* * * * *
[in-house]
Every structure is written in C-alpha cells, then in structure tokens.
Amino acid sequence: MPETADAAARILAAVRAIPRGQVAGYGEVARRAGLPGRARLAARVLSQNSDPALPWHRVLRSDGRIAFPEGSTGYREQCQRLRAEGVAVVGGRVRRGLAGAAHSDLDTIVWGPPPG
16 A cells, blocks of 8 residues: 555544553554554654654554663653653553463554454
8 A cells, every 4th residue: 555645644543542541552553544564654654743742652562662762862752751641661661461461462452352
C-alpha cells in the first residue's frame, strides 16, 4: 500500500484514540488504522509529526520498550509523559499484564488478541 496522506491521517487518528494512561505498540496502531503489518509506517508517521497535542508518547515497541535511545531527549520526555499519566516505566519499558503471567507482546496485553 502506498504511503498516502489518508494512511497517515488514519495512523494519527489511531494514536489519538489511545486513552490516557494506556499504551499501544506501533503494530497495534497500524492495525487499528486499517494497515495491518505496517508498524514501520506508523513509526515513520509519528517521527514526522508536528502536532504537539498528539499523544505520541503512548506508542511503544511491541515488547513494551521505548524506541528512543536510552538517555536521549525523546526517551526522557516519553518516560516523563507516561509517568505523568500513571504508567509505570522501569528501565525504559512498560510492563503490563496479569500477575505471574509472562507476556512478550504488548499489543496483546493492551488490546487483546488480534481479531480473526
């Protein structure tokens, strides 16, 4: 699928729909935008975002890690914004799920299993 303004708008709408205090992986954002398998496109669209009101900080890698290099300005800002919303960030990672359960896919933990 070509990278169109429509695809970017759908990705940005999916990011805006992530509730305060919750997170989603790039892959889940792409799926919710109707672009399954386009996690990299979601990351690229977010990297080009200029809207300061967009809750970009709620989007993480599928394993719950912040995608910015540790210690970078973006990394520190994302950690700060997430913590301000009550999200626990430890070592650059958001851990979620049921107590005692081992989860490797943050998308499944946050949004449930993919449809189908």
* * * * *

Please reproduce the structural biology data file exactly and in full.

[in-house]
Every structure is written in C-alpha cells, then in structure tokens.
Amino acid sequence: MPETADAAARILAAVRAIPRGQVAGYGEVARRAGLPGRARLAARVLSQNSDPALPWHRVLRSDGRIAFPEGSTGYREQCQRLRAEGVAVVGGRVRRGLAGAAHSDLDTIVWGPPPG
16 A cells, blocks of 8 residues: 555544553554554654654554663653653553463554454
8 A cells, every 4th residue: 555645644543542541552553544564654654743742652562662762862752751641661661461461462452352
C-alpha cells in the first residue's frame, strides 16, 4: 500500500484514540488504522509529526520498550509523559499484564488478541 496522506491521517487518528494512561505498540496502531503489518509506517508517521497535542508518547515497541535511545531527549520526555499519566516505566519499558503471567507482546496485553 502506498504511503498516502489518508494512511497517515488514519495512523494519527489511531494514536489519538489511545486513552490516557494506556499504551499501544506501533503494530497495534497500524492495525487499528486499517494497515495491518505496517508498524514501520506508523513509526515513520509519528517521527514526522508536528502536532504537539498528539499523544505520541503512548506508542511503544511491541515488547513494551521505548524506541528512543536510552538517555536521549525523546526517551526522557516519553518516560516523563507516561509517568505523568500513571504508567509505570522501569528501565525504559512498560510492563503490563496479569500477575505471574509472562507476556512478550504488548499489543496483546493492551488490546487483546488480534481479531480473526
């Protein structure tokens, strides 16, 4: 699928729909935008975002890690914004799920299993 303004708008709408205090992986954002398998496109669209009101900080890698290099300005800002919303960030990672359960896919933990 070509990278169109429509695809970017759908990705940005999916990011805006992530509730305060919750997170989603790039892959889940792409799926919710109707672009399954386009996690990299979601990351690229977010990297080009200029809207300061967009809750970009709620989007993480599928394993719950912040995608910015540790210690970078973006990394520190994302950690700060997430913590301000009550999200626990430890070592650059958001851990979620049921107590005692081992989860490797943050998308499944946050949004449930993919449809189908």